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POLITICAL PARTICIPATION OF MINORITIES IN BULGARIA Marko Hajdinjak International Center for Minority Studies and Intercultural Relations (IMIR). Address: Antim I St ... – PowerPoint PPT presentation

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  • Marko Hajdinjak
  • International Center for Minority Studies and
    Intercultural Relations (IMIR).Address Antim I
    St. 55, Sofia 1303, BulgariaTel (359 2)
    8323-112, 8324-044 Fax (359 2)
    9310-583E-mail marko_at_imir-bg.org Web site

Bulgarian Constitution of 1991
  • Article 11 (4) There shall be no political
    parties on ethnic, racial or religious lines, nor
    parties which seek the violent seizure of state
  • Article 6 (2) All citizens shall be equal before
    the law. There shall be no privileges or
    restriction of rights on the grounds of race,
    national or social origin, ethnic self-identity,
    sex, religion, education, opinion, political
    affiliation, personal or social status or
    property status.
  • Article 36 (2) Citizens whose mother tongue is
    not Bulgarian shall have the right to study and
    use their own language alongside the compulsory
    study of the Bulgarian language.
  • Article 54 (1) Everyone shall have the right to
    avail himself of the national and universal human
    cultural values and to develop his own culture in
    accordance with his ethnic self-identification,
    which shall be recognized and guaranteed by the

Ethnic groups in BulgariaSource
Most experts consider that the real number of
Roma in Bulgaria is almost double the official
number between 600,000 and 700,000. Other
smaller minority groups include Karakachans,
Tatars, Gagaus, Cherkez, Arabs and Albanians.
Religious groups in BulgariaSource
Minority political parties in Bulgaria Movement
for Rights and Freedoms
  • The Movement for Rights and Freedoms (MRF), the
    first political party representing Turks and
    other Muslim communities, was formed in 1990.
  • Since its establishment, the MRF has always been
    represented in the parliament, and has been a
    member of three governing coalitions.
  • MRFs statute defines the party as political
    organization, established to contribute to the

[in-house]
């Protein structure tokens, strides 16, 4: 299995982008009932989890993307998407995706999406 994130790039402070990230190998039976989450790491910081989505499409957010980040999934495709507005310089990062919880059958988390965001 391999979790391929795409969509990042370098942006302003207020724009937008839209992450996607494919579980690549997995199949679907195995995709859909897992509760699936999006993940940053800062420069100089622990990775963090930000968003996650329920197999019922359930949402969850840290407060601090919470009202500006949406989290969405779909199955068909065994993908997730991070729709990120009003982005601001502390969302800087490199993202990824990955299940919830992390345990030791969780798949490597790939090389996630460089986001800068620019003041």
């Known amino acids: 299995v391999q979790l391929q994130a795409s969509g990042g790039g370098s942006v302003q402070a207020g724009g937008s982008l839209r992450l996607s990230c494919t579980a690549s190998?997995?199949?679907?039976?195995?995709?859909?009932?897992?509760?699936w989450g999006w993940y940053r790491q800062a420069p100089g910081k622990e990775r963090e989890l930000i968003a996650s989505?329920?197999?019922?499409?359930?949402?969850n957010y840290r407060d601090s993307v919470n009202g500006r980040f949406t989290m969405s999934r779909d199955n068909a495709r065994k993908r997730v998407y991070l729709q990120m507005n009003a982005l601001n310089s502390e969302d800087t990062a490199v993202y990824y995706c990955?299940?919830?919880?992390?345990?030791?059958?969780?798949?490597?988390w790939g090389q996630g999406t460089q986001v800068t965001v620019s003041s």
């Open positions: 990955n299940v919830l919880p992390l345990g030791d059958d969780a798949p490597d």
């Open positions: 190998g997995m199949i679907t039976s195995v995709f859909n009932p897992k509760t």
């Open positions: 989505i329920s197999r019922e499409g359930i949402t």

unity of Bulgarian citizens through respect of
    rights and freedoms of minorities in Bulgaria.
    It defines MRF as a liberal-democratic party.
  • Among its priorities is to create legal and
    social guarantees for prevention of ethnic and
    religious intolerance and discrimination and for
    equality in rights, freedoms and social security
    for all communities
  • Prior to 1992 elections, efforts were made to ban
    the MRF on the grounds that it was
    unconstitutional (Article 11). The Constitutional
    Court ruled that the MRF could operate as any
    other political party as its statute made no
    restrictions to membership in the party on ethnic
    grounds, nor it included any other provisions
    defining it as ethnic party.

Movement for Rights and Freedoms Parliamentary
elections results
Movement for Rights and Freedoms in government
  • 1991 - 1992 coalition partner in the government
    of Union of Democratic Forces (UDF)
  • 1992 - 1994 MRF received the mandate to form an
    expert government
  • 2001 - 2005 coalition partner in the government
    of National Movement Simeon II (NMSS). MRF had
    two ministers - of Agriculture and Forestry and
    without Portfolio.
  • 2005 - 2009 coalition partner together with NMSS
    in the government of the Bulgarian Socialist
    Party. MRF has three posts in the government
    Emel Etem is a Deputy Prime Minister and a
    Minister of the State Policy for Disasters and
    Accidents, Dzhevdet Chakarov is a Minister of
    Environment and Waters and Valeri Cvetanov is a
    Minister of Agriculture and Forestry. In
    addition, MRF also has Deputy-Ministers in all
    ministries and 4 (out of 28) District Governors
    in districts of Dobrich, Lovech, Smolyan, and
    Sofia. In the state administration, the MRF holds
    leading positions in the National Council for
    Cooperation on Ethnic and Demographic Issues, the
    Commission on Discrimination, the State Fund
    Tobacco, and the Agency for Child Protection.

Movement for Rights and Freedoms evolution
  • In the beginning, MRF was supported mainly by the
    Bulgarian Turks and its election results were
    insignificant outside Turkish populated ares of
  • In time, MRF received support also from other
    minority groups, mostly Bulgarian Muslims and
    Roma, but also from ethnic Bulgarians.
  • Examples from 2005 parliamentary elections

Other minority political participation on central
  • Roma minority is poorly represented on the
    central level. Political Party Roma is one of
    the eight members of the Coalition for Bulgaria